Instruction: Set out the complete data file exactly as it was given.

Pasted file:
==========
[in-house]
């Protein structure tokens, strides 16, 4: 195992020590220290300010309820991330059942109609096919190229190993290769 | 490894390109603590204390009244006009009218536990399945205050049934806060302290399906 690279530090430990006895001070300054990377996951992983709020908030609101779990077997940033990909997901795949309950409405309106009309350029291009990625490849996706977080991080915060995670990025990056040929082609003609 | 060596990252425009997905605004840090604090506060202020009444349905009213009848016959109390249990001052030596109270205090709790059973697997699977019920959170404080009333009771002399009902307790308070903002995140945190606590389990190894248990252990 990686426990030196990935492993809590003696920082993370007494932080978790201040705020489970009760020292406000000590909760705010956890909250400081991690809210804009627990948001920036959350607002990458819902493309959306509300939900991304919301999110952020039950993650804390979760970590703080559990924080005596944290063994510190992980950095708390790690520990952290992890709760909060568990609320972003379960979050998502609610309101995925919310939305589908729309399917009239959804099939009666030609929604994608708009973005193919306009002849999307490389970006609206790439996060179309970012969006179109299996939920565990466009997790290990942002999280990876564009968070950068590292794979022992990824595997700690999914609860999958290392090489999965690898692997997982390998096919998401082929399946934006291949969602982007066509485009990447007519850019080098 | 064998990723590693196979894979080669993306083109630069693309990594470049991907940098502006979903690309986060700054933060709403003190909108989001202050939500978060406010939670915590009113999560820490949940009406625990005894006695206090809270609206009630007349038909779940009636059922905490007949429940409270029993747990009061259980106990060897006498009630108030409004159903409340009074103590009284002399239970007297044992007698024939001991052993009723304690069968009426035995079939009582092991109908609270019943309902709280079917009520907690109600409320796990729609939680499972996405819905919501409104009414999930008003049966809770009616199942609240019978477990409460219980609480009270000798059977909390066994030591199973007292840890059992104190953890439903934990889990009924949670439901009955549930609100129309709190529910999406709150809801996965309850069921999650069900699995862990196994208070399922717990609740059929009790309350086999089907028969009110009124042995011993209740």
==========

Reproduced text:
[in-house]
């Protein structure tokens, strides 16, 4: 195992020590220290300010309820991330059942109609096919190229190993290769 | 490894390109603590204390009244006009009218536990399945205050049934806060302290399906 690279530090430990006895001070300054990377996951992983709020908030609101779990077997940033990909997901795949309950409405309106009309350029291009990625490849996706977080991080915060995670990025990056040929082609003609 | 060596990252425009997905605004840090604090506060202020009444349905009213009848016959109390249990001052030596109270205090709790059973697997699977019920959170404080009333009771002399009902307790308070903002995140945190606590389990190894248990252990 990686426990030196990935492993809590003696920082993370007494932080978790201040705020489970009760020292406000000590909760705010956890909250400081991690809210804009627990948001920036959350607002990458819902493309959306509300939900991304919301999110952020039950993650804390979760970590703080559990924080005596944290063994510190992980950095708390790690520990952290992890709760909060568990609320972003379960979050998502609610309101995925919310939305589908729309399917009239959804099939009666030609929604994608708009973005193919306009002849999307490389970006609206790439996060179309970012969006179109299996939920565990466009997790290990942002999280990876564009968070950068590292794979022992990824595997700690999914609860999958290392090489999965690898692997997982390998096919998401082929399946934006291949969602982007066509485009990447007519850019080098 | 064998990723590693196979894979080669993306083109630069693309990594470049991907940098502006979903690309986060700054933060709403003190909108989001202050939500978060406010939670915590009113999560820490949940009406625990005894006695206090809270609206009630007349038909779940009636059922905490007949429940409270029993747990009061259980106990060897006498009630108030409004159903409340009074103590009284002399239970007297044992007698024939001991052993009723304690069968009426035995079939009582092991109908609270019943309902709280079917009520907690109600409320796990729609939680499972996405819905919501409104009414999930008003049966809770009616199942609240019978477990409460219980609480009270000798059977909390066994030591199973007292840890059992104190953890439903934990889990009924949670439901009955549930609100129309709190529910999406709150809801996965309850069921999650069900699995862990196994208070399922717990609740059929009790309350086999089907028969009110009124042995011993209740």